plaintiff is not entitled to relief. See Rockwell v. Cape
Cod Hosp., 26 F.3d 254, 255 (1st Cir. 1994). While the
court draws all reasonable factual inferences in the light
most favorable to a plaintiff, it rejects unsupported
allegations, bald assertions, and legal conclusions. See
Ashcroft v. Iqbal, 556 U.S. 662, 678 (2009);
Associated Gen. Contractors of Cal., Inc. v. Cal. State
Council of Carpenters, 459 U.S. 519, 526 (1983)
(“It is not . . . proper to assume that [plaintiff] can
prove facts that it has not alleged or that the defendants
have violated the . . . laws in ways that have not been
alleged.”). Plaintiffs are therefore required to
provide the grounds of their entitlement to relief beyond
mere labels and conclusions. See Bell Atlantic Corp. v.
Twombly, 550 U.S. 544, 555 (2007) (citing Papasan v.
Allain, 478 U.S. 265, 286 (1986)). A claim has facial
plausibility when a plaintiff pleads factual content
sufficient for the court to draw the reasonable inference
that the defendant is liable for the misconduct alleged.
Iqbal, 556 U.S. at 678 (citing Twombly, 550
U.S. at 556).
than one year has passed since the Town of Dexter's
Findings and Order became final. The Plaintiff now challenges
the Town's decision by asserting various constitutional
violations and torts. Specifically, Ms. Van Dyke claims
violations of: the Takings Clause under the 5th Amendment of
the Maine and federal Constitutions (Count I); the Due
Process Clause (Count I); Maine's dangerous building
statute, 17 M.R.S.A. § 2857, (Count II); the 4th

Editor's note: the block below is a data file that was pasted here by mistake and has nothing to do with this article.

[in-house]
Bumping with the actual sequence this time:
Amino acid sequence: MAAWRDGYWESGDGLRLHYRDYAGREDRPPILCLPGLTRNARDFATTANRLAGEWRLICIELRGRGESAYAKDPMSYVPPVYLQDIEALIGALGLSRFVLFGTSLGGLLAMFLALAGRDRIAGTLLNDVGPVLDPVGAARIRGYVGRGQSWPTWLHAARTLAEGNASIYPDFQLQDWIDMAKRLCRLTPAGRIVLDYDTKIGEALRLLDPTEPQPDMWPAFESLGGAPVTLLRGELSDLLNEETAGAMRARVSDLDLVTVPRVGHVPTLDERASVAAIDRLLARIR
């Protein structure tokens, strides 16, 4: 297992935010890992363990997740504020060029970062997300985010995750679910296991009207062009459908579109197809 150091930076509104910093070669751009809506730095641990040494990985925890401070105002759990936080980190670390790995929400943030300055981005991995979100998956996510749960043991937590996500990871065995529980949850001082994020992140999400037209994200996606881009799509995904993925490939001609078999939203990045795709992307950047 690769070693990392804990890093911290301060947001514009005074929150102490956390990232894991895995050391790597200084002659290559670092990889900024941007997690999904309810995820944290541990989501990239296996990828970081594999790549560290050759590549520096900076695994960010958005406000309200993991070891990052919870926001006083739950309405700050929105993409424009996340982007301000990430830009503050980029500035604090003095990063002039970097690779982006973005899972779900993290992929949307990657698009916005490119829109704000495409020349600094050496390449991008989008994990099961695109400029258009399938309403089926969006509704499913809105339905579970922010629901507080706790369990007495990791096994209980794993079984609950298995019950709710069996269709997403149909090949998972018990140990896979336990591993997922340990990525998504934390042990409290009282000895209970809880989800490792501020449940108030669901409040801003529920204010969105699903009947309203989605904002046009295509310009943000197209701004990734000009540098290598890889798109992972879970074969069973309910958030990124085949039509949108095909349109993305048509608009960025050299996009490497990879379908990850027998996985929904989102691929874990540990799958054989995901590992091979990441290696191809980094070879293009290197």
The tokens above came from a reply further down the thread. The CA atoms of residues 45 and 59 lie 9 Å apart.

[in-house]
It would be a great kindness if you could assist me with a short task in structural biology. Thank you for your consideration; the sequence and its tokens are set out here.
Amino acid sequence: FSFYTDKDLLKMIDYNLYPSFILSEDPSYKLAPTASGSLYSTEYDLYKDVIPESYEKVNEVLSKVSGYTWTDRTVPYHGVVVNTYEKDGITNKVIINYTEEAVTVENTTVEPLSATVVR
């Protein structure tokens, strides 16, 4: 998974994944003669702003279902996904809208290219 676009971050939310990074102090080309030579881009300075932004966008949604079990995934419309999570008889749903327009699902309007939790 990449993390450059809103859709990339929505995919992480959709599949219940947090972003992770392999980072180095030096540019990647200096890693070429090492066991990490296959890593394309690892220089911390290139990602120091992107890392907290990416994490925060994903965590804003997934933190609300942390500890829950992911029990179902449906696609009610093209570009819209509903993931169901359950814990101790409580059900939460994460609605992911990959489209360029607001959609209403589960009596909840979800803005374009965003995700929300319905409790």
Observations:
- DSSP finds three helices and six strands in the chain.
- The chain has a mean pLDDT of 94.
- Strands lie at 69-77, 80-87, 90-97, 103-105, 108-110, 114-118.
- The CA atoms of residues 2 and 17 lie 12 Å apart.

Amendment of the Maine and federal Constitutions (Count III);
and 42 U.S.C. § 1983 (Count IV). She also brings claims
sounding in negligence/abuse of process (Count V);
intentional infliction of emotional distress (Count VI);
negligent infliction of emotional distress (Count VII);
defamation and false light (Count VIII); negligent hiring
(Count IX); negligent supervision and training (Count X); and
invasion of privacy (Count XI). From reading the Amended
Complaint, it is unclear which claims are brought against
which Defendant or Defendants. Throughout the Amended
Complaint there are references to “Defendant” and
“Defendants” and use of the singular and plural
possessive forms. For purposes of this Order, I assume that
all the federal claims are asserted against all the
to Maine law, a municipality may, after providing a building
owner with both notice and hearing, adjudge a building or
structure to be dangerous or a nuisance. See 17
M.R.S.A. § 2851. The town then has authority to
“make and record an order prescribing what disposal
must be made of that building or structure.”
Id. (stating that when municipality determines that
structure qualifies as “dangerous building, ” it
can issue “an order prescribing what disposal must be
made of that building or structure”). Under appropriate
circumstances, the municipality may order a building or
structure demolished after adjudging it to be dangerous or a
nuisance. See Michaud v. Bangor, 196 A.2d 106, 109
(Me. 1963) (“The act of demolition, properly premised,
was within the ordinant power of the city and was, therefore,
not ‘ultra vires'.”); see also
Eugene McQuillin, The Law Of Municipal Corporations §
24.560 (3d ed. 1989) (“[A] municipality in the exercise
of its police power may, without compensation, destroy a
building or structure that is a menace to the public safety
case, the Town of Dexter has found, among other things, that
the structure was “dangerous” under Maine
The Town ordered: (1) that the Town Clerk serve the Order on
the Plaintiff, (2) that multiple repairs be made to the
building within 30 days, and (3) that if the Order is not
complied with within 30 days of service, the Town Council is
authorized to make arrangements to demolish the dangerous
building. Findings and Order 4. The Order notified the
Plaintiff of her right to appeal under Maine Rule of Civil
Procedure 80B. Findings and Order 4. No. appeal was filed
pursuant to Rule 80B, making the Town of Dexter's
Findings and Order final.
The Plaintiff's ...